Worst Mistakes When Buying a Sword:

 

Sword Buying Mistakes

By Chowser, November 22nd, 2016


Always consider what you want from a sword


There are lot of things to ask yourself when making a sword purchase; do you want a functional sword or a decorative one, do you know the difference between the two, etc. Many people fail toto make these considerations prior to purchasing, and the results can be disastrous. We have compiled a list of some of the worst mistakes you can make when buying a new sword in the hopes that we can help you avoid making them.


Mistake number one: Handling your new sword carelessly


Swords by their very nature are dangerous objects, not only the super sharp battle-ready swords, but also the decorative variety as well. The worst mistake you can make when buying a new sword is handling it without the proper care and respect that the sword is due. People often make this mistake with unsharpened blades because they believe that they are harmless, and wave them around carelessly. Decorative swords are still often sharp enough to pierce skin, and regardless of the sharpness, the steel is still strong enough to break bones. So, the first thing to remember when buying a new sword is BE CAREFUL, no matter what kind it is.

image credit: Emblems for Battle


Mistake number two: Buying a decorative sword when you want to slice and chop


This is a common mistake among first time buyers, because even though swords seem simple on the surface, there is a lot that goes into making a functional sword, and it is possible to reduce the cost of a sword if its final purpose is only decorative. Below are a few ways that decorative swords can be produced more economically, and reasons why it causes them to be decorative:

Firstly, Decorative swords don’t require the same blade flexibility as functional ones do, therefore it is possible to create decorative swords using steel that is easier to manufacture. Although the steel is less expensive, good steel still costs good money, so Decorative Swords usually lack the necessary tang length to support blade impacts, especially against hard surfaces. The reason that decorative blades don’t have full length tangs is because it is more expensive to include them due to the additional metal needed. Another major difference is usually the spine thickness of the blade. I functional blade will usually have a much thicker spine, with a stronger taper than a decorative blade. Finally, most decorative blades don’t have a sharpened edge, and even if they do it is not advisable to use them in a cutting capacity.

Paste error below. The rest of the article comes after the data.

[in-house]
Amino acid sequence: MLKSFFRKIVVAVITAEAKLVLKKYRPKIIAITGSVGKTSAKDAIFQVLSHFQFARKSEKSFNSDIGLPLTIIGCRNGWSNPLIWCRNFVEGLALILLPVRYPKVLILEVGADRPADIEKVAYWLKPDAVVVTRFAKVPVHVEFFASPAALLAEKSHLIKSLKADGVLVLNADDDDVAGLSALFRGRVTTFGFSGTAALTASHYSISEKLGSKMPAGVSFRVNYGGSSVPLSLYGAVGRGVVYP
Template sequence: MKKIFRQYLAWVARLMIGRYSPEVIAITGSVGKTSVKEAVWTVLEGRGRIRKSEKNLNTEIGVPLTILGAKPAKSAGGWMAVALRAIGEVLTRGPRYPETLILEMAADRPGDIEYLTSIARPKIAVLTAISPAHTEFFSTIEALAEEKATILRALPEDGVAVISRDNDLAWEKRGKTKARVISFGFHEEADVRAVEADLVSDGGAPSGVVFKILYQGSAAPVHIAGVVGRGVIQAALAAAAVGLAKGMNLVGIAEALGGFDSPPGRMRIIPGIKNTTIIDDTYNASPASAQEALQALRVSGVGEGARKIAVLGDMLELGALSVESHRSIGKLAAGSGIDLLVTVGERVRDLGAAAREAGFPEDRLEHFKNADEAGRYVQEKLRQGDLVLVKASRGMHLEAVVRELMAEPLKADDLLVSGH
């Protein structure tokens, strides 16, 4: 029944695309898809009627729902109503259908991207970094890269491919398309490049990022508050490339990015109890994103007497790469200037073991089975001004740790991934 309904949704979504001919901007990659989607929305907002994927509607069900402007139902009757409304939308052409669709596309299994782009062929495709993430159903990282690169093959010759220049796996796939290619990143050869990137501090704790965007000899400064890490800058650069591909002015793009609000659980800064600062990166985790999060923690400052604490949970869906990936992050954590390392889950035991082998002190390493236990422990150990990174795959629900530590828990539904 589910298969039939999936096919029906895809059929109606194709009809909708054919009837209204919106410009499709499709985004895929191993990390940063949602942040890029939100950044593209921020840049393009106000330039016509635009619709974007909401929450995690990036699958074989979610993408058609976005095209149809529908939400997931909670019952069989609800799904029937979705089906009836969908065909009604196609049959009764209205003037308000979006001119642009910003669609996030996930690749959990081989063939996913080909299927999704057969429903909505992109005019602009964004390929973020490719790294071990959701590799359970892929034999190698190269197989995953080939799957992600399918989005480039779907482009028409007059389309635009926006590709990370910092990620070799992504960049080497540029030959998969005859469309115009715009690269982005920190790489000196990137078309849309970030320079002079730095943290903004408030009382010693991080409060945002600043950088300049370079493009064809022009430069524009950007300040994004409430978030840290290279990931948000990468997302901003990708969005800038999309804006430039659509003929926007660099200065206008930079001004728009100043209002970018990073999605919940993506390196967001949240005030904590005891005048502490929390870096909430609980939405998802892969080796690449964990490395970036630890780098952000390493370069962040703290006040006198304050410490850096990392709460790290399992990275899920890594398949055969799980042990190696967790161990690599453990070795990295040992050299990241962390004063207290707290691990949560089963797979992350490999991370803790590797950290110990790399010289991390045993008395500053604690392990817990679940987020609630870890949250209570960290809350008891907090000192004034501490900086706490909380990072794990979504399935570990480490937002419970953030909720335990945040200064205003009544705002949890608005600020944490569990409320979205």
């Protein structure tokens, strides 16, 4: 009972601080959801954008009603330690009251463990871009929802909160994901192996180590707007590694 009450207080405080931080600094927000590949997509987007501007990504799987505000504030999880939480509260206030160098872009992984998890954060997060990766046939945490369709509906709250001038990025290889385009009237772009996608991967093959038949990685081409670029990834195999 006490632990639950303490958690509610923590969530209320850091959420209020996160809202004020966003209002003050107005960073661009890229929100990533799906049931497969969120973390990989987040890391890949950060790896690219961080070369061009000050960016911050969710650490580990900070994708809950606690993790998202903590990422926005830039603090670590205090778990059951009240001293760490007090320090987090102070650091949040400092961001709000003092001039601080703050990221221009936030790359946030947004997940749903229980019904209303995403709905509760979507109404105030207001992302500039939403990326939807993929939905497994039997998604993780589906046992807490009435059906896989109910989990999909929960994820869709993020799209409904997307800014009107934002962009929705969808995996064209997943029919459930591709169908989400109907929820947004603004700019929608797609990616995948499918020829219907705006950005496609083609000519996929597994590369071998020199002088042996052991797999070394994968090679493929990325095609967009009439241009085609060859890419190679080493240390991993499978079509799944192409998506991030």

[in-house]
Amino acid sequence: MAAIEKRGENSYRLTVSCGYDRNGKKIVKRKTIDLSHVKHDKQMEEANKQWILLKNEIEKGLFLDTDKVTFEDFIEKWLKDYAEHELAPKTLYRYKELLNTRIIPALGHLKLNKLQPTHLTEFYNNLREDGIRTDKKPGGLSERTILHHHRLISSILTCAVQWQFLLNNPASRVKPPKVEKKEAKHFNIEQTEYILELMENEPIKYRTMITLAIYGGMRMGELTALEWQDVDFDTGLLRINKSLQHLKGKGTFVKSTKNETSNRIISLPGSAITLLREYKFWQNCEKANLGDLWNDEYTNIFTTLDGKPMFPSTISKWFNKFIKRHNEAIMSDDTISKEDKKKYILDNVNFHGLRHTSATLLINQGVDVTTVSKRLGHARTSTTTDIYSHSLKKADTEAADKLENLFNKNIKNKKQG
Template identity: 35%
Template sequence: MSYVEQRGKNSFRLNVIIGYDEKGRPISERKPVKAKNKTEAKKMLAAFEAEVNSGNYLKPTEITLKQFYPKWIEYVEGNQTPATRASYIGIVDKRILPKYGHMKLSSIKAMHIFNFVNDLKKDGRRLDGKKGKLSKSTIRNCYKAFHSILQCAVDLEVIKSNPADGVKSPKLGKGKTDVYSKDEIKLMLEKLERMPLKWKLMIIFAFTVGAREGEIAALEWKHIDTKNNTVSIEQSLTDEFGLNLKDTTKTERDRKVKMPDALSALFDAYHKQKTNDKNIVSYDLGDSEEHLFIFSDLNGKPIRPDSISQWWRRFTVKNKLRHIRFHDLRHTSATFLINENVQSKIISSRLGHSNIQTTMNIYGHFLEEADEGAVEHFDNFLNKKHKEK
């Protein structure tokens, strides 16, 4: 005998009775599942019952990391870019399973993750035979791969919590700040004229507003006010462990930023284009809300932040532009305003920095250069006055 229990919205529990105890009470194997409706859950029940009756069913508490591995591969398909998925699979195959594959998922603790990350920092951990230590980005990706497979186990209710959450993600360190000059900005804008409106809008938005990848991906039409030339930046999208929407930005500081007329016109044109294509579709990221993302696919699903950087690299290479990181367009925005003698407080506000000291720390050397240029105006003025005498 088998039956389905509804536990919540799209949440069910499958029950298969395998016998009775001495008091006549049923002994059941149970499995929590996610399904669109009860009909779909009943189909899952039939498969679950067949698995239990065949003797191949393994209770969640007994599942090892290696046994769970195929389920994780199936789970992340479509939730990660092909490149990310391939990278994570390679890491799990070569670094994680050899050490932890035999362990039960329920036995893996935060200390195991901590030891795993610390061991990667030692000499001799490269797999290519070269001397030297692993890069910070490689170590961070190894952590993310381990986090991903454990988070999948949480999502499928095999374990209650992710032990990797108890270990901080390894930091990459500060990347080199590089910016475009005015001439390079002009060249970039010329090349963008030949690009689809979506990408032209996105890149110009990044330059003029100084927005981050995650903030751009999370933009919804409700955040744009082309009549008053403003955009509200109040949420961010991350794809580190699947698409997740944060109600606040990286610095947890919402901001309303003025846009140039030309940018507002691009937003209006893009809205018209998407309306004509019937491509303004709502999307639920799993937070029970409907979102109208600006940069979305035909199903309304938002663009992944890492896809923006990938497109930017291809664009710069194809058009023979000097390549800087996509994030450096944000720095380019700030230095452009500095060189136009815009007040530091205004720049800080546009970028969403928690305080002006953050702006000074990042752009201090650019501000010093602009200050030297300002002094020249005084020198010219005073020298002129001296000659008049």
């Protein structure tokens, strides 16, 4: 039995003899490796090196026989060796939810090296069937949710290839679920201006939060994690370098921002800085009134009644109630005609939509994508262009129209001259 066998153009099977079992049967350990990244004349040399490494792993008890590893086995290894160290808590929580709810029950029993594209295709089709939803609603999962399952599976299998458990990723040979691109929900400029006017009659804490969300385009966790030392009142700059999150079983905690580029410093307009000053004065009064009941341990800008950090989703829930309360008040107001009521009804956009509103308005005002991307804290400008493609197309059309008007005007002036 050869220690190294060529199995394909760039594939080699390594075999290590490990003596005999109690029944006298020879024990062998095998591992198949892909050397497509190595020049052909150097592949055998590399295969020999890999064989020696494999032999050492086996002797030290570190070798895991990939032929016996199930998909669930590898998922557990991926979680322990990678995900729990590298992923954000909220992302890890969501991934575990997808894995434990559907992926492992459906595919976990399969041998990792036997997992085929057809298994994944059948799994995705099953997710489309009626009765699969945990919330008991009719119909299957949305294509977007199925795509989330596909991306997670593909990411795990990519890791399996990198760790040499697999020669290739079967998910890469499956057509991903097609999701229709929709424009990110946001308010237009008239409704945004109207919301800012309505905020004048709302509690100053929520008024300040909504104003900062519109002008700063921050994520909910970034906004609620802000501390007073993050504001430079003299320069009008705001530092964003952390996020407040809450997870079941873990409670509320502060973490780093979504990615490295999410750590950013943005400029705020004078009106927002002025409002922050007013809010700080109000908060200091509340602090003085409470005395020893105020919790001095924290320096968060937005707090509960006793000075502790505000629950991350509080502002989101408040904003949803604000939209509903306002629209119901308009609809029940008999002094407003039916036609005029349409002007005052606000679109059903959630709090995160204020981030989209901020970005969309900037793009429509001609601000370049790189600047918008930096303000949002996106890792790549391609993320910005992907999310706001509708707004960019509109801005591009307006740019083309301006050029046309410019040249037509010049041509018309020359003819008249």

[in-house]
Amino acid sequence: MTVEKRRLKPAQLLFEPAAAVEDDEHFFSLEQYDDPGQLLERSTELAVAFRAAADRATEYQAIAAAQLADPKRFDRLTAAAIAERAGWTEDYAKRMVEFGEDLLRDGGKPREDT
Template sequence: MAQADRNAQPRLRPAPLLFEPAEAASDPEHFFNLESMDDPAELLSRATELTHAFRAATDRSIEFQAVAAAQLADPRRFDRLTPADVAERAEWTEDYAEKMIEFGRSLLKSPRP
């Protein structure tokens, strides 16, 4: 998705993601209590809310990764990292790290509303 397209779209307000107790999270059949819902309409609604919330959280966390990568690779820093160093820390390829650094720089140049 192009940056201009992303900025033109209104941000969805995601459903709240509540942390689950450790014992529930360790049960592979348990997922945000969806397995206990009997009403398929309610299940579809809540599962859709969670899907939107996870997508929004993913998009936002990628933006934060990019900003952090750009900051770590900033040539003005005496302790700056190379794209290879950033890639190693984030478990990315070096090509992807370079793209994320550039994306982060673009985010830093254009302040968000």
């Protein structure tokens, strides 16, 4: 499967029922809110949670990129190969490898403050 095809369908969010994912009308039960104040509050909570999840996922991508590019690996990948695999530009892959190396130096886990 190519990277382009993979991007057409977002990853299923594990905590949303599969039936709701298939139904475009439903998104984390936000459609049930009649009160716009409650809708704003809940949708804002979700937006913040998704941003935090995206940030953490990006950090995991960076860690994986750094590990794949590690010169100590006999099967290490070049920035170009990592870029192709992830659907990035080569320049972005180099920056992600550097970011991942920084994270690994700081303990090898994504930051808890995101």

Mistake number tree: Buying a Functional Sword, when you are not interested in sword maintenance


Functional Swords require care, not only concerning handling the deadly blade, but also in terms on maintenance. If you are considering investing in one of these epic beauties, there are some things you should know before you do.

The main thing to know is that functional swords need to be oiled regularly, in some cases as often as once a week. This process doesn’t take a long time, but failing to do it can result in the ruination of your expensive sword. In many cases, it is only necessary to oil a blade once every three months, but it depends on the blade, and the humidity of the environment it is be kept in.

While most of the oiling is the main consideration, sword maintenance is a big topic, and there is a lot more to it. If you are interested in learning more, check out my Sword Maintenance post:

Sword Maintenance

Conclusion


We hope you will take some valuable information away after reading this, and perhaps we have saved you from making one of these mistakes. If you have any additional mistakes to add to the list, please feel free to post them in the comments section below. Thanks for reading, and if you enjoyed this, please share it on your favorite social media platform.